(Updated: Since first writing this, yet-another magic show has been announced for the West End. The Illusionists, featuring Britain’s Got Talent‘s Jamie Raven, has now been added below.) There are few things that excite me more at a party than when I meet someone who says they can do card tricks. I will move heaven and earth to find a playing deck and then trail that person around for the rest of the night. When an actual magician is booked to mingle and entertain, the only thing they can be certain of failing to escape that night is me. Meanwhile, the host of said magician-staffed party is catapulted to the top of my list of all-time great event organisers.
When it comes to casting their spell in the West End, however, in the time that I’ve been writing about theatre, magicians have been thin on the ground.
Derren Brown dominates the field. Since his first West End engagement with Something Wicked This Way Comes at the Cambridge Theatre in 2005, the TV star has transferred every one of his live shows to the West End, following extensive tours: Mind Reader – An Evening of Wonders (Garrick Theatre, 2008), Enigma (Adelphi Theatre, 2009), Svengali (Novello Theatre, 2012) and Infamous (Palace Theatre, 2013). Two of those – Something Wicked This Way Comes and Svengali – also won Olivier Awards for Best Entertainment.
With his latest, Miracle, Brown returns at the end of the year to the Palace Theatre, where amongst other unsettling acts, during one performance of the aptly named Infamous, an audience member fell over the balcony (his wife pushed him as a joke, luckily he was unhurt).
But this year, Derren Brown won’t be the only entertainer vying for the West End’s magic pound or, perhaps, for a Best Entertainment Olivier nomination.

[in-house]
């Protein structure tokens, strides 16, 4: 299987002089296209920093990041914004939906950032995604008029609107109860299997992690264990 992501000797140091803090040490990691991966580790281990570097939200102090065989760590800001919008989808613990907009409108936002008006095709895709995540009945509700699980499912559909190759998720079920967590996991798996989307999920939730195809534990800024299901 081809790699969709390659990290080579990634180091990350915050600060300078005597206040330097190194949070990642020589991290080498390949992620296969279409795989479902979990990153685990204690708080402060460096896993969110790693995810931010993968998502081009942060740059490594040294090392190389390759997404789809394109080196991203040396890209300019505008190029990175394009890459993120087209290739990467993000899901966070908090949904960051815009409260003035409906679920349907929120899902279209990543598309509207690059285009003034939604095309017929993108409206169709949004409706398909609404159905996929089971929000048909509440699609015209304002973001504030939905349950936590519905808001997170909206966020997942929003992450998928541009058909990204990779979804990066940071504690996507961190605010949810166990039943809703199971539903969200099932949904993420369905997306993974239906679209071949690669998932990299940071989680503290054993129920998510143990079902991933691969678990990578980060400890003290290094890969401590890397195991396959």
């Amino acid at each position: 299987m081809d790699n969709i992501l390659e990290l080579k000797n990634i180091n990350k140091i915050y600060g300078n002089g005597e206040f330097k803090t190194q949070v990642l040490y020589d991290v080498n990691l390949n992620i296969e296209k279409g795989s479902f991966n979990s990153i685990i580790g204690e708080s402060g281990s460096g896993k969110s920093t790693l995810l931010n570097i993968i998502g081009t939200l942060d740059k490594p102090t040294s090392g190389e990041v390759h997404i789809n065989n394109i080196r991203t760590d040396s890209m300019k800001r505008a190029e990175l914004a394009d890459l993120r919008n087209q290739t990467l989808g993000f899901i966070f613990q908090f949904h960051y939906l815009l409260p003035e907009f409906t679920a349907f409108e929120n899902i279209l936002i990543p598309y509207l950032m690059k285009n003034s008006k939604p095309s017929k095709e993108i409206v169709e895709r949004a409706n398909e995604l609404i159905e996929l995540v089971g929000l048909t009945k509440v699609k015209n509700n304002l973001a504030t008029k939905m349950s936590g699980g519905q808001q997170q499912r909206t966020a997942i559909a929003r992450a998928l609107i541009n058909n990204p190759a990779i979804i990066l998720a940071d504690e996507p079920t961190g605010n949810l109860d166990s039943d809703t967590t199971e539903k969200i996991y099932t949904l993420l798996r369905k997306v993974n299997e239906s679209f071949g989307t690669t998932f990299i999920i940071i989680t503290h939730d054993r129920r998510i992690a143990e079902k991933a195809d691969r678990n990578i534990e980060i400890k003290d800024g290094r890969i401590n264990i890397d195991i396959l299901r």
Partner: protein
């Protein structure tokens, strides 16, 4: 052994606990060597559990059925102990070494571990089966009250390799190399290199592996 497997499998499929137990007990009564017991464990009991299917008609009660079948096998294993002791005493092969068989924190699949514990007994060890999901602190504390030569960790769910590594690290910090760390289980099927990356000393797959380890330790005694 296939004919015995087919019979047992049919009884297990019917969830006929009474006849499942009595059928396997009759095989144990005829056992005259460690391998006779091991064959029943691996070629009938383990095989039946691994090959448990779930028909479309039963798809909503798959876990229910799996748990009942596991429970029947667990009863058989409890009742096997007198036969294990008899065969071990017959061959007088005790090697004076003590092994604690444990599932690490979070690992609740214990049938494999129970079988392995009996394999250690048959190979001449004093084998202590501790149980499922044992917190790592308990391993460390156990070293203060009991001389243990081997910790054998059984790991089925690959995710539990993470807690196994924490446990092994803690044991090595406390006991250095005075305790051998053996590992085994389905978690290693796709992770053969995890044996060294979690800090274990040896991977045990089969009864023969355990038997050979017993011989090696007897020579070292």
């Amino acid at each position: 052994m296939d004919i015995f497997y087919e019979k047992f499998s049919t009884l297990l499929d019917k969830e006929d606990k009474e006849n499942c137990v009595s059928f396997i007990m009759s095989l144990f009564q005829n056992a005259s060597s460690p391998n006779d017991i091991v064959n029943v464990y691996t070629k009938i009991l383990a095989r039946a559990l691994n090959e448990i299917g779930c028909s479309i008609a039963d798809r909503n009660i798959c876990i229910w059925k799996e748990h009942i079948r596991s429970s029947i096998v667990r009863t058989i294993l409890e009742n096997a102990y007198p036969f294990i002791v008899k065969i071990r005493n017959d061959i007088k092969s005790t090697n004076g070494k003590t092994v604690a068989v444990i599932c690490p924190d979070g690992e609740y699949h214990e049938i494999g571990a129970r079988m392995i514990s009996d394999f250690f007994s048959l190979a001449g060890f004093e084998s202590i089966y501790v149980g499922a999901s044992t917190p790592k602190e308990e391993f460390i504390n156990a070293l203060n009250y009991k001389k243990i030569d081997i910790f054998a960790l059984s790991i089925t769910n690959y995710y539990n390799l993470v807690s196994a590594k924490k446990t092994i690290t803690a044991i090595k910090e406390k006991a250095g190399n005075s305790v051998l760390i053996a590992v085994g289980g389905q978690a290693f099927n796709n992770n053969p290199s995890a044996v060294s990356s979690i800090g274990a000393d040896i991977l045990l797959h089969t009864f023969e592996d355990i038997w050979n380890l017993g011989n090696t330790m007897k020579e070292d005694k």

Pickpocket James Freedman is currently mystifying audiences at Trafalgar Studios with his one-man show, Man of Steal, after stealing a quick transfer from the Menier Chocolate Factory.
Next up, ahead of Brown’s return, impresario Jamie Hendry – who has had repeated success with entertainment confections like Beatles tribute concert Let It Be, now at the Garrick Theatre enjoying its third West End engagement – has assembled no fewer than eight “world-leading” magicians and illusionists “live on-stage for the very first time, fusing dazzling grand stage illusions, up-close-and-personal magic, cutting-edge technological tricks and death-defying escapology in a fast-paced, breath-taking spectacular for every generation”. That’s for his new venture Impossible, which claims to be the biggest magic show in decades.
[Is it me, or does this sound like a stage remake of the 2013 Hollywood heist film Now You See Me, starring Jesse Eisenberg, Woody Harrelson and Isla Fisher as magician-thiefs? Just in case, you may want to leave big bank notes, credit cards and jewels at home…]
But, no no no, that’s not all, folks. The Old Vic, under new artistic director Matthew Warchus, is also promising variety nights on Sundays with a programme that will include magic, ‘whims and oddities’. And the London Palladium is also planning a major return to its variety roots from next year.
If all of these achieve box office success, that’ll be a very good trick indeed – and will, no doubt, lead to still more magic in the West End in future. In any case, I’m grateful for these current and upcoming, exciting appearances – for which, I’d say, we have Derren Brown to thank.
Caught on camera?